Climbing intervals will help you ride uphill faster for your Strava PR’s, group rides or hilly races. Mountain bikers, Road Racers, Gravel, Fondo’s – any athlete that wants to ride uphill faster will benefit from these climbing intervals.

What do we mean by climbing intervals?

We are talking about zone 4 threshold wattages, heart rates & rates of perceived exertion (RPE) for interval durations between 8 – 30 minutes.  Using the six zone  model in TrainingPeaks, zone 4 = 98 – 104% of one’s “threshold” or Functional Threshold Power (FTP). Or by feel” whatever intensity is ‘as hard as one can sustain’ for not only the first interval but for all intervals.

Threshold intervals are hard and need to be completed when the body is the most recovered, after a rest day or a couple easy days on the bike following a fatigue dependent training plan design. In order for the intervals to be effective, cyclists should use the following guidelines:

  • Identify your FTP [Functional Threshold Power]
  • Identify what value is 98-104% of FTP**
  • Perform these intervals hard as you can go “Full Gas”, Heart Rate will lag behind initially and not represent your effort for the first half of the interval.
  • Be well rested, fueled, motivated and hydrated for your workout
  • Find your best climb, ideally a steady grade between 2 – 6% but use whatever you have to ‘make the watts’
  • If you live in an area void of climbs that’s ok because threshold watts on the flat are physiologically close to threshold watts climbing
  • Go as hard as you can for these efforts! Use your powermeter to stay above 98% but not above 104%.  If you are able to sustain wattages for your climbing intervals > 104% that means your FTP is probably set too low (and that is a good problem to have 🙂

3 Example Climbing Intervals:

Here are three example climbing intervals that start on the shorter side and progress to longer durations and greater total time spent at threshold.  Choose the shorter intervals if you’re training for climbs less than 15 minutes.  Or if you are training for longer climbs, 20-60 minutes,  work you way up to these longer climbing intervals starting with the shorter intervals and progressing towards longer.

#1 Supra-Threshold: 3 x 8 minutes

We say ‘supra’ because we wan to see the athlete achieve average wattages > than their FTP (what they can sustain maximally for one hour)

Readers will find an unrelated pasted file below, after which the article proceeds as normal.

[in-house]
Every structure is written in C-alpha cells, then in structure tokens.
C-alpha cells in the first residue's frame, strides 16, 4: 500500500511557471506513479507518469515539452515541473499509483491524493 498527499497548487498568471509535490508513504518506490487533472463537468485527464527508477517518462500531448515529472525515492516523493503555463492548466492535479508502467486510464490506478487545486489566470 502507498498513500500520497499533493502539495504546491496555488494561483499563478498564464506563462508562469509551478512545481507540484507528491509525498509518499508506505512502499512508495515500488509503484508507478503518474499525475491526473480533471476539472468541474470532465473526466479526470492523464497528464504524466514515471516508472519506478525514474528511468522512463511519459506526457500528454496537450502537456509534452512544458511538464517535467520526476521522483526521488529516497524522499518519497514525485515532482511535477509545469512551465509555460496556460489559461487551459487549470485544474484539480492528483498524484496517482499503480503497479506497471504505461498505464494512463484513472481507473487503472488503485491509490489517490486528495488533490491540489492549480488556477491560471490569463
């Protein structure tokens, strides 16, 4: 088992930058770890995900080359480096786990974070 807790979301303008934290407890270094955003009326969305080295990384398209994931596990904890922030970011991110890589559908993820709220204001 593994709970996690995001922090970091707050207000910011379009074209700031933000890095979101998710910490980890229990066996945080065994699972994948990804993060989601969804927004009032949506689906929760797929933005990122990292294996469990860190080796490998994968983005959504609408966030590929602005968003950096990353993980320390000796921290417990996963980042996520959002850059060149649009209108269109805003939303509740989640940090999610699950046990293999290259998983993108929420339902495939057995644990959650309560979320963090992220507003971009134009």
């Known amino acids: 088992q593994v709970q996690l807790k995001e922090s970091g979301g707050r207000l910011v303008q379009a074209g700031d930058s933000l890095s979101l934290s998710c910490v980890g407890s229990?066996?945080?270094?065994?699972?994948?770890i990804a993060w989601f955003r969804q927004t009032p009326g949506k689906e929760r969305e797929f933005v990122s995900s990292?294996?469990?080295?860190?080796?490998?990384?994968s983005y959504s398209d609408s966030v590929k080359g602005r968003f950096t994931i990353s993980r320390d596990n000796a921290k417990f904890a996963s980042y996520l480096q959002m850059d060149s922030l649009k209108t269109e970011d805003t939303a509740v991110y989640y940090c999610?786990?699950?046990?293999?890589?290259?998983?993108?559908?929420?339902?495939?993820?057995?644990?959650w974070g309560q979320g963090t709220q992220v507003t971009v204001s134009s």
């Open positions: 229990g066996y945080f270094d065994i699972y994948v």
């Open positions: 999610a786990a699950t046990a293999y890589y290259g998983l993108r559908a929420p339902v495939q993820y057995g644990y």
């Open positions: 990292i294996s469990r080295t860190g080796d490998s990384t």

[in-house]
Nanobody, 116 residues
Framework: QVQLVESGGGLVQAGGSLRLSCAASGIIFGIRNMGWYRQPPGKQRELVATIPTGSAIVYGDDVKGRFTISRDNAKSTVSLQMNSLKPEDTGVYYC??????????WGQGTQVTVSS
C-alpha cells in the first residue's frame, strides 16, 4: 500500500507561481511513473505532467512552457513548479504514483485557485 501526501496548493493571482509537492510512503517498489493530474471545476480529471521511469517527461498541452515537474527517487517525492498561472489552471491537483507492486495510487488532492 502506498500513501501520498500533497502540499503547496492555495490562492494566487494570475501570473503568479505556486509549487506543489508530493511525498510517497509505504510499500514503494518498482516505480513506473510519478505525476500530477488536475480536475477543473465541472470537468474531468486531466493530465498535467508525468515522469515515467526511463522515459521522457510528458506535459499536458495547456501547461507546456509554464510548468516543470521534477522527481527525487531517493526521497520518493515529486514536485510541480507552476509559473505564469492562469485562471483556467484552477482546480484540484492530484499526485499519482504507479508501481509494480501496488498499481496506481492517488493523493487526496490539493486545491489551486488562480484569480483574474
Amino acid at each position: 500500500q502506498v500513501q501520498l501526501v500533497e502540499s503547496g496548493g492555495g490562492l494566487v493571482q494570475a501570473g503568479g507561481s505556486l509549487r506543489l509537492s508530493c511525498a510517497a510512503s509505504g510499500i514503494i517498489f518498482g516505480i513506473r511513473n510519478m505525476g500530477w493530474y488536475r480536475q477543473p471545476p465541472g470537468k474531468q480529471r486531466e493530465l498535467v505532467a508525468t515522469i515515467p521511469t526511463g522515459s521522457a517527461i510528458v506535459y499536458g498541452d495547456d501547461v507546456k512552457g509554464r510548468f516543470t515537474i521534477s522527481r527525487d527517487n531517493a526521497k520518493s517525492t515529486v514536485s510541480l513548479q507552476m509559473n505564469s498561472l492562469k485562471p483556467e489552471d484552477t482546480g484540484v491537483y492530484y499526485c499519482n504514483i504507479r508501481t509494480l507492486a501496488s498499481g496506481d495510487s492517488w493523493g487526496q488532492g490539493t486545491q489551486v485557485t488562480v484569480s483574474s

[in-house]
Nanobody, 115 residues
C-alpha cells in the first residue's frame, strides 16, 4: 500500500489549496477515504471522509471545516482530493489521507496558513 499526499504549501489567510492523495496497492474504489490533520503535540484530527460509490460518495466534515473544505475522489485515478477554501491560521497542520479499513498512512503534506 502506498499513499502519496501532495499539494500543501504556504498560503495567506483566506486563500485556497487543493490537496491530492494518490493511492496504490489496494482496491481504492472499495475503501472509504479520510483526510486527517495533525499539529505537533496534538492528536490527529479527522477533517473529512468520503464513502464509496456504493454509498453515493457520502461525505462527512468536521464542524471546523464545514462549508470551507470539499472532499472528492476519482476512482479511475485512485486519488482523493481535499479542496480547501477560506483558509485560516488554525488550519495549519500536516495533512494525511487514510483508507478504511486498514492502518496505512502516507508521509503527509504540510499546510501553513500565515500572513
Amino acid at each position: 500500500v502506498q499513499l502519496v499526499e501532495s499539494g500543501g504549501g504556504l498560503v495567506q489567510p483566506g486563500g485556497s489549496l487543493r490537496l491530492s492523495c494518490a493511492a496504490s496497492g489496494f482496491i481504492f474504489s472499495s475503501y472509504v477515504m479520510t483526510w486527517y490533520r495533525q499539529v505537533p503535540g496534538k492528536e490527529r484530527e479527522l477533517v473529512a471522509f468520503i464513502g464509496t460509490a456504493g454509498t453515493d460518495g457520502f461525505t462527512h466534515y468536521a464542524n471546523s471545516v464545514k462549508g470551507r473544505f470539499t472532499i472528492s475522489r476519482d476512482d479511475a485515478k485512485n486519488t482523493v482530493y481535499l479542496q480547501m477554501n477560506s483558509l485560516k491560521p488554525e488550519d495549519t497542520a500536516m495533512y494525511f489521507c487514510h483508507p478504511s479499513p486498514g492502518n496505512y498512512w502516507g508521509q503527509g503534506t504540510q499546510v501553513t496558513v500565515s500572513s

Here is real world power, heart rate and gps data from a FasCat Athlete executing the 3 x 8 minute supra-threshold climbing intervals from above:

Notice the steady power up and down the consistent 6% grade hill where the athlete averaged 302 > 204 > 306 watts for a total of 24 minutes of climbing threshold work.

#2 Threshold: 3 x 15 minutes On with a 2:1 work to rest ratio so 7.5 minutes Off = 45 minutes of threshold work

Because the fifteen minuters are longer efforts than the 3 x 8 minuters, the wattages will be lower even if performed as hard as possible [**unless the you’ve gotten faster]  This lower power is simply how the critical power-duration curve works (1)

The total time spent at threshold also increase from 24 minutes [3 x 8] to 45 minutes  [3 x 15].

** with a well designed training plan often times we see athletes adapt from week to week. In other words their FTP is literally increasing from week to week following their training plan and they are able to hit higher wattages week to week.

#1 Threshold: 2 x 20 minutes:

The infamous ‘two by twenty’ is close to one of the most difficult climbing intervals in the playbook.  Time trialists we recognize this threshold workout and the physiology is more or less the same: maximal steady state power for performance bouts > 40 minutes.  We prescribe 100- 110% of the athlete’s FTP again by the critical power model with FTP being what the athlete can sustain maximally for 60 minutes. We also teach, coach, explain ‘full gas’ by feel and often times like the 3 x 15 minuters above the athlete is able to achieve wattages greater than tradition zone 4 ranges 98 – 104%.

Here is real world power, heart rate and gps data from a FasCat Athlete executing the 2 x 20 minute climbing intervals from above:

Note the drop off in power in the 2nd half of the second interval while heart rate remained elevated.  This is fatigue and pushing the legs as hard as they will go.

Pacing: 

Pacing your climbing intervals is easy with a powermeter but know that you could probably exceed the prescribed wattage for the first interval.  When we say ‘full gas’ and ‘as hard as you can’ we mean for all the intervals, not just one super good one and 1-2 more that fail to hit the prescribed wattages.  Therefore, in practice the first climbing interval may feel easier than the next intervals. By 2nd half of the last interval you should be using your powermeter for motivation to keep your power above the lower end of the prescribed wattage!

Summary:

Perform climbing intervals to ride faster uphill.  Start with a simple 3 x 8 minute climbing interval workout and progress to longer intervals that achieve a greater total time at threshold. For example:

3 x 15 and then graduate on up to the 2 x 20 minutes.

Execute your climbing intervals as hard as you can by feel and use your powermeter for pacing and motivation.  Perform one full gas threshold workout per week along with your sweet spot workouts and see if your power output doesn’t increase after 3 – 4 weeks.

References:

  1. Poole, David C et al. “Critical Power: An Important Fatigue Threshold in Exercise Physiology” Medicine and Science in Sport and Exercise2016 Nov; 48 (11): 2320-2334

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